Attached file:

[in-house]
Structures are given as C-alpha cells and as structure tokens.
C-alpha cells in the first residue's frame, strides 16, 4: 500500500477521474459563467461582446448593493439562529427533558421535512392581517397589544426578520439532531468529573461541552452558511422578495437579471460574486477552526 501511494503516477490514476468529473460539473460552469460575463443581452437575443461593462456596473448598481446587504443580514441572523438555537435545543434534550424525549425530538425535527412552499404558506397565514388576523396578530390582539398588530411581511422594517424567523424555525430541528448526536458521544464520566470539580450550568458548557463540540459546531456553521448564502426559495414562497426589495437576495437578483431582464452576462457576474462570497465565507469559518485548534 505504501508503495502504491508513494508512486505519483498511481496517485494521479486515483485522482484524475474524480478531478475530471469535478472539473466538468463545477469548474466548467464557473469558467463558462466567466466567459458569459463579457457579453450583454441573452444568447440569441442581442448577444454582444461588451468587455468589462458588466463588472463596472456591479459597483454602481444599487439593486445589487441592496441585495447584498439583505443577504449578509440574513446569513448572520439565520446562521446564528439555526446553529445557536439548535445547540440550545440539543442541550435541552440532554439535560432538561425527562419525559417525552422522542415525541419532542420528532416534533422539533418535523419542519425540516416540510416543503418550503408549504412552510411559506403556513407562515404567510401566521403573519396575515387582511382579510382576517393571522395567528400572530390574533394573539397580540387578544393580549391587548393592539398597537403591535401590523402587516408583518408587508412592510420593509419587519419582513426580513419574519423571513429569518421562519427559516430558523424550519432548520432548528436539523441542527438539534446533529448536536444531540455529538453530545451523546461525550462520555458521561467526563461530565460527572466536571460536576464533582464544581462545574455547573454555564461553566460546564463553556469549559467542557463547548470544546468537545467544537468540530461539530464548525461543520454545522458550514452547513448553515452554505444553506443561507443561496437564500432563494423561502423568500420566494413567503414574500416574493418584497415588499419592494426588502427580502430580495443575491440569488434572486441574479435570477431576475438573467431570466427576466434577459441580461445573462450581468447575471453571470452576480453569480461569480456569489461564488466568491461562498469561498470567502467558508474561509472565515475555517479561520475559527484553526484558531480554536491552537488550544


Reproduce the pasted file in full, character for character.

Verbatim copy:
[in-house]
Structures are given as C-alpha cells and as structure tokens.
C-alpha cells in the first residue's frame, strides 16, 4: 500500500477521474459563467461582446448593493439562529427533558421535512392581517397589544426578520439532531468529573461541552452558511422578495437579471460574486477552526 501511494503516477490514476468529473460539473460552469460575463443581452437575443461593462456596473448598481446587504443580514441572523438555537435545543434534550424525549425530538425535527412552499404558506397565514388576523396578530390582539398588530411581511422594517424567523424555525430541528448526536458521544464520566470539580450550568458548557463540540459546531456553521448564502426559495414562497426589495437576495437578483431582464452576462457576474462570497465565507469559518485548534 505504501508503495502504491508513494508512486505519483498511481496517485494521479486515483485522482484524475474524480478531478475530471469535478472539473466538468463545477469548474466548467464557473469558467463558462466567466466567459458569459463579457457579453450583454441573452444568447440569441442581442448577444454582444461588451468587455468589462458588466463588472463596472456591479459597483454602481444599487439593486445589487441592496441585495447584498439583505443577504449578509440574513446569513448572520439565520446562521446564528439555526446553529445557536439548535445547540440550545440539543442541550435541552440532554439535560432538561425527562419525559417525552422522542415525541419532542420528532416534533422539533418535523419542519425540516416540510416543503418550503408549504412552510411559506403556513407562515404567510401566521403573519396575515387582511382579510382576517393571522395567528400572530390574533394573539397580540387578544393580549391587548393592539398597537403591535401590523402587516408583518408587508412592510420593509419587519419582513426580513419574519423571513429569518421562519427559516430558523424550519432548520432548528436539523441542527438539534446533529448536536444531540455529538453530545451523546461525550462520555458521561467526563461530565460527572466536571460536576464533582464544581462545574455547573454555564461553566460546564463553556469549559467542557463547548470544546468537545467544537468540530461539530464548525461543520454545522458550514452547513448553515452554505444553506443561507443561496437564500432563494423561502423568500420566494413567503414574500416574493418584497415588499419592494426588502427580502430580495443575491440569488434572486441574479435570477431576475438573467431570466427576466434577459441580461445573462450581468447575471453571470452576480453569480461569480456569489461564488466568491461562498469561498470567502467558508474561509472565515475555517479561520475559527484553526484558531480554536491552537488550544